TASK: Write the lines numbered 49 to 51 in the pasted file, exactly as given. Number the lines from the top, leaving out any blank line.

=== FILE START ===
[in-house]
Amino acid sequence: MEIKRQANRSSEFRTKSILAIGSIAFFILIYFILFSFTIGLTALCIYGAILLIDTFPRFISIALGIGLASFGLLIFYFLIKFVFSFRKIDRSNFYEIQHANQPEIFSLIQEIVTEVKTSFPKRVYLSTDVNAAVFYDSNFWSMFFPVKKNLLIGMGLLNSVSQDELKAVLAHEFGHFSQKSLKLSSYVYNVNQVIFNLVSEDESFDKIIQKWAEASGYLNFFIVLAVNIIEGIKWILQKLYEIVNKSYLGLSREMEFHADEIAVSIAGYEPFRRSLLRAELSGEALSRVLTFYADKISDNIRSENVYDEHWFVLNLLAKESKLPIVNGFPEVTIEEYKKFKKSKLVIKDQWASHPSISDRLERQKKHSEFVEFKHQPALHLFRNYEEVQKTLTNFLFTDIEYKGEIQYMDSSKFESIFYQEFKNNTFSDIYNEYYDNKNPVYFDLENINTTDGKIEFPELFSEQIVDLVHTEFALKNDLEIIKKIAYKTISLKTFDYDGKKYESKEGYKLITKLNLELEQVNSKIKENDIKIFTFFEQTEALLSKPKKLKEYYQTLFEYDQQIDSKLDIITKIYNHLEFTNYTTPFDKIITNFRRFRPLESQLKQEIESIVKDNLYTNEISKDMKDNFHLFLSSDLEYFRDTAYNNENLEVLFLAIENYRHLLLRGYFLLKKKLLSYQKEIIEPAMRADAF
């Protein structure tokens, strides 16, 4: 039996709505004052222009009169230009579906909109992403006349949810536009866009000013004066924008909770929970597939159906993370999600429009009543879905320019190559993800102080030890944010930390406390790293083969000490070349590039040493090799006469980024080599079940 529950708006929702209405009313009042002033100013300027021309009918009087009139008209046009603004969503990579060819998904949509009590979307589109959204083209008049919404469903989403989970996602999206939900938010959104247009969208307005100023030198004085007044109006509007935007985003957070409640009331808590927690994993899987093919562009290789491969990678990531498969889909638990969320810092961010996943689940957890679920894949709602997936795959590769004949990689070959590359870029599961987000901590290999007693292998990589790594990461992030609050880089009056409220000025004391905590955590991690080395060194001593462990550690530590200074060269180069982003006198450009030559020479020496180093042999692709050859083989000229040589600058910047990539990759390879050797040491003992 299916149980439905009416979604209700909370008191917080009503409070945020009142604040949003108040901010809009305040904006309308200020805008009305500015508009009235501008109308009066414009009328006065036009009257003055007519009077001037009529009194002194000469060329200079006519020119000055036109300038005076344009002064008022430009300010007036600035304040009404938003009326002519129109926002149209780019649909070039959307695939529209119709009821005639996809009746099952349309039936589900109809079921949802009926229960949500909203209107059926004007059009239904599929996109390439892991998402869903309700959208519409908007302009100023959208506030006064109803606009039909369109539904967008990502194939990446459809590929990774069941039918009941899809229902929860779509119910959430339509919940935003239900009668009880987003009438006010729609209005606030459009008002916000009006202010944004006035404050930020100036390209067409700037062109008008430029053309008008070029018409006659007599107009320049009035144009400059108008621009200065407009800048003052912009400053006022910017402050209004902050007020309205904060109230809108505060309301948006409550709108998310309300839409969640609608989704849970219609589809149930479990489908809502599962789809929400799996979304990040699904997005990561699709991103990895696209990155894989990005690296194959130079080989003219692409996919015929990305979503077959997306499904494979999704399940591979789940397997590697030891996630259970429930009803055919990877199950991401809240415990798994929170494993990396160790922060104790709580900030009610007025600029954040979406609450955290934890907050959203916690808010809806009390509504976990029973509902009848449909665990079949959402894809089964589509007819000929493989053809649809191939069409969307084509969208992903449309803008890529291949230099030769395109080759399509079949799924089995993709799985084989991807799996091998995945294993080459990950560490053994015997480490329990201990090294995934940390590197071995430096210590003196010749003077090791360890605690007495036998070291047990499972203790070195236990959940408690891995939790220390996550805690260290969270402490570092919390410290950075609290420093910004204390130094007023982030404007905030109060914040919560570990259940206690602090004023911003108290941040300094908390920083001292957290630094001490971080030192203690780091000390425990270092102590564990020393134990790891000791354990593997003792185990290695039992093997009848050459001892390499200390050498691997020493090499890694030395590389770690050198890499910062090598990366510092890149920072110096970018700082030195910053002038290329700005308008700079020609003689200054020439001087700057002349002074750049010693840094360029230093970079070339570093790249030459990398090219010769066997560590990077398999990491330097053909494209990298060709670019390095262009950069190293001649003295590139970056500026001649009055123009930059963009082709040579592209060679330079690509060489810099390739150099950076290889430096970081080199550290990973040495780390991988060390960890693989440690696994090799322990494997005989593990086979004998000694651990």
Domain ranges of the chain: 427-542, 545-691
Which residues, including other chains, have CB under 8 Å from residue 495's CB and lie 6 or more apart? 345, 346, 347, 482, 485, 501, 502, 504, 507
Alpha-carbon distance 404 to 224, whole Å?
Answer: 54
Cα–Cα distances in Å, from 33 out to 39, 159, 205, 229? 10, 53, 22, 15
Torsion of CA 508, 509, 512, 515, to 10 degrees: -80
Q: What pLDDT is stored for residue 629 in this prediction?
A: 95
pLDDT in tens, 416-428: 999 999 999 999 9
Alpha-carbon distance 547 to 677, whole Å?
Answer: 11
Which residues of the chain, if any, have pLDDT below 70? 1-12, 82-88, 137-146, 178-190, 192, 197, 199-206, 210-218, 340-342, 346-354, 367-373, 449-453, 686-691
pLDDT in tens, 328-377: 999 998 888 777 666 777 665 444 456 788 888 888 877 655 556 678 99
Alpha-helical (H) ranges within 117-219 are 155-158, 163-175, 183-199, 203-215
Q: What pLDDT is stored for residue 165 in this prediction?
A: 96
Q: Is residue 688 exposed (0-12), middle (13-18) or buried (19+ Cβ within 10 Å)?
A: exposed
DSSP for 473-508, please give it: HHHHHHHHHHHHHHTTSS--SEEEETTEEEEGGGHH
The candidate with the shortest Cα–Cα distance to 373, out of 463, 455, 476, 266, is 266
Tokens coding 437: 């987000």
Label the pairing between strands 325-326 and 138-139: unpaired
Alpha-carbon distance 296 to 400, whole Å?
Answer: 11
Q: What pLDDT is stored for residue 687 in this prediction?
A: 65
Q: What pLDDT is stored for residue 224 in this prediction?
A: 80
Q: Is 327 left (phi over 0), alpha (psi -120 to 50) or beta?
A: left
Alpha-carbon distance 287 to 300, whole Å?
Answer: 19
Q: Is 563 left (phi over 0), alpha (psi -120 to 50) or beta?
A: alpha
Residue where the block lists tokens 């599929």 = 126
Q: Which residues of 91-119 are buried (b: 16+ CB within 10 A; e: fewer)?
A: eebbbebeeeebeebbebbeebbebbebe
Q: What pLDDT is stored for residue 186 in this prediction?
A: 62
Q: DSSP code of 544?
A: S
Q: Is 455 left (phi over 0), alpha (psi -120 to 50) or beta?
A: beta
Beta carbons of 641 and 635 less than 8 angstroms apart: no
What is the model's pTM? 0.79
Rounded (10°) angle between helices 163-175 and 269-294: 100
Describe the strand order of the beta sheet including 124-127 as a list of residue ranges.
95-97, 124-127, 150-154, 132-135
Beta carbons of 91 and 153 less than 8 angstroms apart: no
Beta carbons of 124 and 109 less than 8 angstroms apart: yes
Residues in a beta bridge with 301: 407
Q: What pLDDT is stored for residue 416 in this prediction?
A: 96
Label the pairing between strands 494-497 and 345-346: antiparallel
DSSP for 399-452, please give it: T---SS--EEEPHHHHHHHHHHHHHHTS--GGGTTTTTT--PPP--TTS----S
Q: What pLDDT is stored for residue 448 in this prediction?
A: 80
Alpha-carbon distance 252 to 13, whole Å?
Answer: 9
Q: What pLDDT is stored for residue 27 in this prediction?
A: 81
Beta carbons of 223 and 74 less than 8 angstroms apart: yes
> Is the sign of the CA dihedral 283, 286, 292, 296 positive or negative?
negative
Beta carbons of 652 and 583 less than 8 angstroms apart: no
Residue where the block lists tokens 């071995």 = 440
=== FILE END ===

Rounded (10°) angle between helices 163-175 and 269-294: 100
Describe the strand order of the beta sheet including 124-127 as a list of residue ranges.
95-97, 124-127, 150-154, 132-135